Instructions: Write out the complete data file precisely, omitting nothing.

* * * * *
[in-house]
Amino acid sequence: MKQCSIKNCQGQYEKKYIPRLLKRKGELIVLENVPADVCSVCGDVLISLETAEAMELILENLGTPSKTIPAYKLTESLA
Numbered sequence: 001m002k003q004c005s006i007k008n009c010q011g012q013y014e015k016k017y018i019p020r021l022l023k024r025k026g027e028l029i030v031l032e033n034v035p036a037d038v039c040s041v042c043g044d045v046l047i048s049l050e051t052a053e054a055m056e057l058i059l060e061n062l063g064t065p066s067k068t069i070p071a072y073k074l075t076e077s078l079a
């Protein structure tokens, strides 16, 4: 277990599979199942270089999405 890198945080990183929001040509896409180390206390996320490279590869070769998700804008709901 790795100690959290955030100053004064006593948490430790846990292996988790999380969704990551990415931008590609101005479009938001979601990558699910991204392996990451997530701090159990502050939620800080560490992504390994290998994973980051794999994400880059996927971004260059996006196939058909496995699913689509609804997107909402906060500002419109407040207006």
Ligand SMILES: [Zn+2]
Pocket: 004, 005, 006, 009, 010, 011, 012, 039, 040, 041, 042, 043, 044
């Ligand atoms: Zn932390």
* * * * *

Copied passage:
[in-house]
Amino acid sequence: MKQCSIKNCQGQYEKKYIPRLLKRKGELIVLENVPADVCSVCGDVLISLETAEAMELILENLGTPSKTIPAYKLTESLA
Numbered sequence: 001m002k003q004c005s006i007k008n009c010q011g012q013y014e015k016k017y018i019p020r021l022l023k024r025k026g027e028l029i030v031l032e033n034v035p036a037d038v039c040s041v042c043g044d045v046l047i048s049l050e051t052a053e054a055m056e057l058i059l060e061n062l063g064t065p066s067k068t069i070p071a072y073k074l075t076e077s078l079a
């Protein structure tokens, strides 16, 4: 277990599979199942270089999405 890198945080990183929001040509896409180390206390996320490279590869070769998700804008709901 790795100690959290955030100053004064006593948490430790846990292996988790999380969704990551990415931008590609101005479009938001979601990558699910991204392996990451997530701090159990502050939620800080560490992504390994290998994973980051794999994400880059996927971004260059996006196939058909496995699913689509609804997107909402906060500002419109407040207006």
Ligand SMILES: [Zn+2]
Pocket: 004, 005, 006, 009, 010, 011, 012, 039, 040, 041, 042, 043, 044
């Ligand atoms: Zn932390």